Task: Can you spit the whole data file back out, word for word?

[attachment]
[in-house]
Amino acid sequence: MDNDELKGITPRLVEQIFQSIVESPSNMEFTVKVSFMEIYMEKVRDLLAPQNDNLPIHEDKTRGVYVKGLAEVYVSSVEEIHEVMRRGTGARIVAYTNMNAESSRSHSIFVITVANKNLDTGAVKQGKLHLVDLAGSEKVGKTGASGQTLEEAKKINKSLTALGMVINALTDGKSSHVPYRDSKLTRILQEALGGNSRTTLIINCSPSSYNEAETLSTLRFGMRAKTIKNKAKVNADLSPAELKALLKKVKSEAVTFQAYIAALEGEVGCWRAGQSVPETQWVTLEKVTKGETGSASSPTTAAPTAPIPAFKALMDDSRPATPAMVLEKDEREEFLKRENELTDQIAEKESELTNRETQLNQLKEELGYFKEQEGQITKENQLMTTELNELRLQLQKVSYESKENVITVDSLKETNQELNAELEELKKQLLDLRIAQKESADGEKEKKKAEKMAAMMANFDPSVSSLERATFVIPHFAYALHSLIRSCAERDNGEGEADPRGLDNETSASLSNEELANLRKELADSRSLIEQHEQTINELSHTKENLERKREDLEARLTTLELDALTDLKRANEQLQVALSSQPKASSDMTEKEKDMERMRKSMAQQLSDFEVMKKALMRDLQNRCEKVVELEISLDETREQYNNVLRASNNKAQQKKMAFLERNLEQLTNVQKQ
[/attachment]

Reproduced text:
[in-house]
Amino acid sequence: MDNDELKGITPRLVEQIFQSIVESPSNMEFTVKVSFMEIYMEKVRDLLAPQNDNLPIHEDKTRGVYVKGLAEVYVSSVEEIHEVMRRGTGARIVAYTNMNAESSRSHSIFVITVANKNLDTGAVKQGKLHLVDLAGSEKVGKTGASGQTLEEAKKINKSLTALGMVINALTDGKSSHVPYRDSKLTRILQEALGGNSRTTLIINCSPSSYNEAETLSTLRFGMRAKTIKNKAKVNADLSPAELKALLKKVKSEAVTFQAYIAALEGEVGCWRAGQSVPETQWVTLEKVTKGETGSASSPTTAAPTAPIPAFKALMDDSRPATPAMVLEKDEREEFLKRENELTDQIAEKESELTNRETQLNQLKEELGYFKEQEGQITKENQLMTTELNELRLQLQKVSYESKENVITVDSLKETNQELNAELEELKKQLLDLRIAQKESADGEKEKKKAEKMAAMMANFDPSVSSLERATFVIPHFAYALHSLIRSCAERDNGEGEADPRGLDNETSASLSNEELANLRKELADSRSLIEQHEQTINELSHTKENLERKREDLEARLTTLELDALTDLKRANEQLQVALSSQPKASSDMTEKEKDMERMRKSMAQQLSDFEVMKKALMRDLQNRCEKVVELEISLDETREQYNNVLRASNNKAQQKKMAFLERNLEQLTNVQKQ